One of the most exciting parts of gardening is choosing what to grow. Most kids have limited tastes, so having some input is a good way to expand their palates. Seed catalogs provide great pictures and information for exploring possible choices. If you don’t have any catalogs, take a trip to the large Farmers Market. Allowing young gardeners to plant some of their own favorites is good for keeping their interest in the garden.
Peas can be planted in early March and produce food by May. At our house they seldom make it to the pan and are consumed as they are picked. Note to self: plant more peas. Carrots and cherry tomatoes are also a big hit. No room for tomatoes? Grow them in a 5 gallon bucket with a few holes in the bottom for drainage. Lettuce can be grown in a plastic shoe box – don’t forget about drainage. I have a small herb garden mixed in my flower bed, with a lettuce border.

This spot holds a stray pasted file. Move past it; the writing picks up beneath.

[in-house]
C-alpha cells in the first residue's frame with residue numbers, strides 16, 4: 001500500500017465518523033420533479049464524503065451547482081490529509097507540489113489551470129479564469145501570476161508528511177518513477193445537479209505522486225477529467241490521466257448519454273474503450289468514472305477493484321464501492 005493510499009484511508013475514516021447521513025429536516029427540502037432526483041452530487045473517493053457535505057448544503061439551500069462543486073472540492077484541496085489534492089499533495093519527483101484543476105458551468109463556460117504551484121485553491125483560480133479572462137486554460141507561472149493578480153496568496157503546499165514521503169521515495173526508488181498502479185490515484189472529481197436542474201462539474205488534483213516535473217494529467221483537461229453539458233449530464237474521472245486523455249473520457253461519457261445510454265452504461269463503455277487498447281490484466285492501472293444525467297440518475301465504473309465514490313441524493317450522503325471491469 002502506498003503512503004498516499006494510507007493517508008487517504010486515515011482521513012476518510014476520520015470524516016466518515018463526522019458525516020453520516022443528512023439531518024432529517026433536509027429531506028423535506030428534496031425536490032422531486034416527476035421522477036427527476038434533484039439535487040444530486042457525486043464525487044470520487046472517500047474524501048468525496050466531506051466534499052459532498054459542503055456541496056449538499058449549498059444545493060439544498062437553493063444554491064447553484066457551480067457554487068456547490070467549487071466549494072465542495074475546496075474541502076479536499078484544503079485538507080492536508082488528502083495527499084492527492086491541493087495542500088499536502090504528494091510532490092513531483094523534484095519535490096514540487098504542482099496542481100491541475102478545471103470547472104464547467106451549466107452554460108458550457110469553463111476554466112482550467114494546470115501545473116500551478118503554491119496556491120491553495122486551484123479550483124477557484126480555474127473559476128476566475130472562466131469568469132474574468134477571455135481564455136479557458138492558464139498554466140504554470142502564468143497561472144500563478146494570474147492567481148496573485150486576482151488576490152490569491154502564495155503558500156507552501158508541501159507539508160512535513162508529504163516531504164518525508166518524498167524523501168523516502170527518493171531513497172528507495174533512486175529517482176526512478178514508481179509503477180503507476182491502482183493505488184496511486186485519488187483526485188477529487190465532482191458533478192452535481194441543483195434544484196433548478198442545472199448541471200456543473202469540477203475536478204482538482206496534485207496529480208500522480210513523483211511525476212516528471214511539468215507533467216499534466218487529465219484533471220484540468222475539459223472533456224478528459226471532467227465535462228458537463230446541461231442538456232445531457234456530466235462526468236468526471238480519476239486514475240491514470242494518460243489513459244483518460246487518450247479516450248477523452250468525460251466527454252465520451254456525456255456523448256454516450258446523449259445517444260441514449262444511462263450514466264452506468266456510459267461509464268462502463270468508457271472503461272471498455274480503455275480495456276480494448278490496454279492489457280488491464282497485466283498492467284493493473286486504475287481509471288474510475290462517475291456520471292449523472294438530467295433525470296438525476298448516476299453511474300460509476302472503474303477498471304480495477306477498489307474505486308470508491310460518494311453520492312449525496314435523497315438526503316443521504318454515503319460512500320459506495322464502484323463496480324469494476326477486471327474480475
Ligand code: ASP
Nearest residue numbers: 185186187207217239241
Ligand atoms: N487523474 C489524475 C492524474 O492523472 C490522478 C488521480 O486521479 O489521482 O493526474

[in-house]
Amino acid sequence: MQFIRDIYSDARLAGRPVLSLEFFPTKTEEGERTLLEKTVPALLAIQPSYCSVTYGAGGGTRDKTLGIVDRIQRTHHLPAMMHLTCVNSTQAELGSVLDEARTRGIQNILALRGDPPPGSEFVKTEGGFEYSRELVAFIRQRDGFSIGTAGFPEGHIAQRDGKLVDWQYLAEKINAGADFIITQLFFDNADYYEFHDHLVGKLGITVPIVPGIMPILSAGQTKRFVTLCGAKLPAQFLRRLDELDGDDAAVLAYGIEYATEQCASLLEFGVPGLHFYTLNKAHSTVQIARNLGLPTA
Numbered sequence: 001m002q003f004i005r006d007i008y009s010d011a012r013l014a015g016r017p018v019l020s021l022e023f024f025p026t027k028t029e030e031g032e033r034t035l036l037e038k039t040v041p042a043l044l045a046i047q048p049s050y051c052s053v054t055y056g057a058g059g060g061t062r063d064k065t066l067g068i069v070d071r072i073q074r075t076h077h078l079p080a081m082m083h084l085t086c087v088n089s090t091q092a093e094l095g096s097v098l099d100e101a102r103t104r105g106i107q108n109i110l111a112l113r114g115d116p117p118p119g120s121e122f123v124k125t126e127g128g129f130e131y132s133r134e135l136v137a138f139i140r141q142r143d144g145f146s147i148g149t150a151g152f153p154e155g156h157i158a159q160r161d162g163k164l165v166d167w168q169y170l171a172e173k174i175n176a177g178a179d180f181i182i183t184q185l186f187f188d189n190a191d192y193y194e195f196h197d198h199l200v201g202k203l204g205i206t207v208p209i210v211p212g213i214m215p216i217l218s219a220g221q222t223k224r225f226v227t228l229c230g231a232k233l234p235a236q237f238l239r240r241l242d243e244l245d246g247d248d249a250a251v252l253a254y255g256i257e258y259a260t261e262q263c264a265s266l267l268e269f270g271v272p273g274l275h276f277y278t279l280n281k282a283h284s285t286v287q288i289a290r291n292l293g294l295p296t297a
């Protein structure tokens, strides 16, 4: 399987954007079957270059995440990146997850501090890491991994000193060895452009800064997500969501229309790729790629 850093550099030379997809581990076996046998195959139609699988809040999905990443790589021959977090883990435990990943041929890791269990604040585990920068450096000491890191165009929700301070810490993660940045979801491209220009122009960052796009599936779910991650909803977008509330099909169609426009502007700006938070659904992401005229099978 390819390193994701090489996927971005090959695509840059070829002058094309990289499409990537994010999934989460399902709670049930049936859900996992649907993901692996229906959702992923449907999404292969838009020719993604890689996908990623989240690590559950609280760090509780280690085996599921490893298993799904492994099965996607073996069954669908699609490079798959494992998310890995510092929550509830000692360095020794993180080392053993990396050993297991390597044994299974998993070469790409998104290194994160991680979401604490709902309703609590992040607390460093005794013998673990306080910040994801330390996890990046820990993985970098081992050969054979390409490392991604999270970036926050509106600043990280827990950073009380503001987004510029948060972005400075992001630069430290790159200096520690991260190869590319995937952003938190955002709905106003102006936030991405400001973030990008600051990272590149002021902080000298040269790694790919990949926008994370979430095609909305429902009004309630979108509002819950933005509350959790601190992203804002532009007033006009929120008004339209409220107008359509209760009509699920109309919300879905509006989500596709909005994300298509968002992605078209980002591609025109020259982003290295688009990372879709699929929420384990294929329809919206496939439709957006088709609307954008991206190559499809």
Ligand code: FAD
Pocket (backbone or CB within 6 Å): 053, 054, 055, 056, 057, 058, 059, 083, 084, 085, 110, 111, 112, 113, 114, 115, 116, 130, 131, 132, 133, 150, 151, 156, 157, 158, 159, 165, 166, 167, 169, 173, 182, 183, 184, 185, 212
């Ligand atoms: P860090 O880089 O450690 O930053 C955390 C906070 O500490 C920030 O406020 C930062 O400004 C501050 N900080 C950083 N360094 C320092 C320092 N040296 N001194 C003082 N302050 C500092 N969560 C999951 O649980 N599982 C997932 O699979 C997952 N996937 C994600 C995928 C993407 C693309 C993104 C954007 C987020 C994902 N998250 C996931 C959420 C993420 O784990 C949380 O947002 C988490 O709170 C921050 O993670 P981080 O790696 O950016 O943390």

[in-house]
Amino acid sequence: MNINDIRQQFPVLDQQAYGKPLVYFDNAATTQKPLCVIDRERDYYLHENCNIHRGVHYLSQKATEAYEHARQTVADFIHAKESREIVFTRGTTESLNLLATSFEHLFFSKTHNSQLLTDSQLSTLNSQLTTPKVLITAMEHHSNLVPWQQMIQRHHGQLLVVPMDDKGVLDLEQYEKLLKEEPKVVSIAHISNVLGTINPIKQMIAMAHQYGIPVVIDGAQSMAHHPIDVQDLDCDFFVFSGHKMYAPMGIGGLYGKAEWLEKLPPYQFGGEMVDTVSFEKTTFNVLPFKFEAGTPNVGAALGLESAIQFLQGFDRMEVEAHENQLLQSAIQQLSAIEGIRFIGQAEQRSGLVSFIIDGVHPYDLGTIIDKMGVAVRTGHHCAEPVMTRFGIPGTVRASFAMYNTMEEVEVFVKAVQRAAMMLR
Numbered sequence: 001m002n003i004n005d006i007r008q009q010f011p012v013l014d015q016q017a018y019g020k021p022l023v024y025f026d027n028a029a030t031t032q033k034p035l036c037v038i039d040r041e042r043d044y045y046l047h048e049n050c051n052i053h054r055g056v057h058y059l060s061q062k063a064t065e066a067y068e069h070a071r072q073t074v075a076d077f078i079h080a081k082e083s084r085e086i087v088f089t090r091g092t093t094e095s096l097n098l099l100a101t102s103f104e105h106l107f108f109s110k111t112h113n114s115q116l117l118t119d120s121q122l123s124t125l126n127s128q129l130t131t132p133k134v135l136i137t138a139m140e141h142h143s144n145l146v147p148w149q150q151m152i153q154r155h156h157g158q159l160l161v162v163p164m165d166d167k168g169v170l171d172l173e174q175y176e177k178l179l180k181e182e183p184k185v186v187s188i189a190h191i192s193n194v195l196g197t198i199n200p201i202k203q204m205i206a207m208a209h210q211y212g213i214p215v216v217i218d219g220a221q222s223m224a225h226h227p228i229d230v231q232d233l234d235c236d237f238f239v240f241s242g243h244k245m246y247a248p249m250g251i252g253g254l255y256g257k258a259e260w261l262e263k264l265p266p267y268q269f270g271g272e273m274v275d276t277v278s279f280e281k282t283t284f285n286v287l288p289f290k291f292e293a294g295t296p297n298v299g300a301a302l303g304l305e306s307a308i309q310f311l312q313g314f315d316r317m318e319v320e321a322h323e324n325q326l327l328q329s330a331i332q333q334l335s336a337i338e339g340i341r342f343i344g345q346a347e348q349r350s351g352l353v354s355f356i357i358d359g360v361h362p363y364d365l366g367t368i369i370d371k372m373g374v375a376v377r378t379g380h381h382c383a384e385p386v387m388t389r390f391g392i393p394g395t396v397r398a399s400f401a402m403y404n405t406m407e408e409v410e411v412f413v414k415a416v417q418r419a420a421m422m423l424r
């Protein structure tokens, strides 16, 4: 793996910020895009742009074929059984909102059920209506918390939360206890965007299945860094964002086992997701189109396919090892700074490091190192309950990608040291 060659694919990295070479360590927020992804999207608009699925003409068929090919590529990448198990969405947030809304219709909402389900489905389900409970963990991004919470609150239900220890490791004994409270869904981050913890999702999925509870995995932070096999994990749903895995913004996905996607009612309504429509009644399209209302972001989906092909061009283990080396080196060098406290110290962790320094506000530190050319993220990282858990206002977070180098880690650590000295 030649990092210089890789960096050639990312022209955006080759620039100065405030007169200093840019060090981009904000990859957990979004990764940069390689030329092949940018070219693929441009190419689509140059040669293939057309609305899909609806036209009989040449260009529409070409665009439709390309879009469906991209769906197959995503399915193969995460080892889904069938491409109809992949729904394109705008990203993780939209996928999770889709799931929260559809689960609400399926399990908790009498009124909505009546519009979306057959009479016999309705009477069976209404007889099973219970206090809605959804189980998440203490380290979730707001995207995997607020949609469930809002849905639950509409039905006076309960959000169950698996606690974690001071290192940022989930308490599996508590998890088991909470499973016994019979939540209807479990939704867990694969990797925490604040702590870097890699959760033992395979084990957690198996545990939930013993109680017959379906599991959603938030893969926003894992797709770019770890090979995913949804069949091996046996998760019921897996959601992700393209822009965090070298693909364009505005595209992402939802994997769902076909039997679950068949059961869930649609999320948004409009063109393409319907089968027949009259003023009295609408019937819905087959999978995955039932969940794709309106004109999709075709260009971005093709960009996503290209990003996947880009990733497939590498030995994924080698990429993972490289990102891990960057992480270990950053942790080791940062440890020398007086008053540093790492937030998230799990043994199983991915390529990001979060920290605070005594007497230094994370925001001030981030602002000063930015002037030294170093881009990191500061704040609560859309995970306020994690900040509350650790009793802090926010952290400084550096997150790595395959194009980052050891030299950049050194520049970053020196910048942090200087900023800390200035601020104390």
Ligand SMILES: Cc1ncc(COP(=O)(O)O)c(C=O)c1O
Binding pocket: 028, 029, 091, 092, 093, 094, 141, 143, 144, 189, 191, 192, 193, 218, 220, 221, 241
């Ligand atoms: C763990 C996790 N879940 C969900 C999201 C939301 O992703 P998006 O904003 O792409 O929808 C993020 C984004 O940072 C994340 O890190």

Certain veggies can be started inside in small pots, empty yogurt containers or even egg cartons. Peppers, tomatoes, broccoli and eggplant are easy to start in the house. All you need is potting soil, water and a sunny window. Keep the containers watered.
In WNC our last frost date is usually May 10th. Read the seed package and count backwards to arrive at a planting time for your indoor starts. At the county Extension office we also carry information on growing vegetables, but just don’t limit your garden to veggies. Flowers also play a big part in a successful garden, drawing in bees and butterflies to help with pollination. Some flowers even repel “bad bugs”.
A $2.00 packet of seeds can go a long way to stretch a budget but the real reward is time spent in the garden with children.
By Nancy Good, Extension Master Gardener Volunteer